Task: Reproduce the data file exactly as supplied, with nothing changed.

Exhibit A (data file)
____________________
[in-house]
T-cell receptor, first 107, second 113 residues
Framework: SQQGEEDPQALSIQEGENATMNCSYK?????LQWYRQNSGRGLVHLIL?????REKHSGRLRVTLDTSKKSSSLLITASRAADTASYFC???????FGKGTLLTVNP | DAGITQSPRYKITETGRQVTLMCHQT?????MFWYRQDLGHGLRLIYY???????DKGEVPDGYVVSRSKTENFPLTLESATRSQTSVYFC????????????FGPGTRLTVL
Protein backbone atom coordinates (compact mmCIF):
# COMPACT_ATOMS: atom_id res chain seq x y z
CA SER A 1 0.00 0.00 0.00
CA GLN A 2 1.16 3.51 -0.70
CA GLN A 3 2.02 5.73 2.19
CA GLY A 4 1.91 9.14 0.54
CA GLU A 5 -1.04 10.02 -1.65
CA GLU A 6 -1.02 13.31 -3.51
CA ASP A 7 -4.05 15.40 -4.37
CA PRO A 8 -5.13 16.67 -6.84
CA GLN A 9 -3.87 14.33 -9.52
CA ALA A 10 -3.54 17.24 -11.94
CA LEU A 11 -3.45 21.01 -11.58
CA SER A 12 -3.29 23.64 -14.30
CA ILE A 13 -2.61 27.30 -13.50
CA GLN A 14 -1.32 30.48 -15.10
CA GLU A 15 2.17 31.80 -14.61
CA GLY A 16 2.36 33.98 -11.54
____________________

[in-house]
T-cell receptor, first 107, second 113 residues
Framework: SQQGEEDPQALSIQEGENATMNCSYK?????LQWYRQNSGRGLVHLIL?????REKHSGRLRVTLDTSKKSSSLLITASRAADTASYFC???????FGKGTLLTVNP | DAGITQSPRYKITETGRQVTLMCHQT?????MFWYRQDLGHGLRLIYY???????DKGEVPDGYVVSRSKTENFPLTLESATRSQTSVYFC????????????FGPGTRLTVL
Protein backbone atom coordinates (compact mmCIF):
# COMPACT_ATOMS: atom_id res chain seq x y z
CA SER A 1 0.00 0.00 0.00
CA GLN A 2 1.16 3.51 -0.70
CA GLN A 3 2.02 5.73 2.19
CA GLY A 4 1.91 9.14 0.54
CA GLU A 5 -1.04 10.02 -1.65
CA GLU A 6 -1.02 13.31 -3.51
CA ASP A 7 -4.05 15.40 -4.37
CA PRO A 8 -5.13 16.67 -6.84
CA GLN A 9 -3.87 14.33 -9.52
CA ALA A 10 -3.54 17.24 -11.94
CA LEU A 11 -3.45 21.01 -11.58
CA SER A 12 -3.29 23.64 -14.30
CA ILE A 13 -2.61 27.30 -13.50
CA GLN A 14 -1.32 30.48 -15.10
CA GLU A 15 2.17 31.80 -14.61
CA GLY A 16 2.36 33.98 -11.54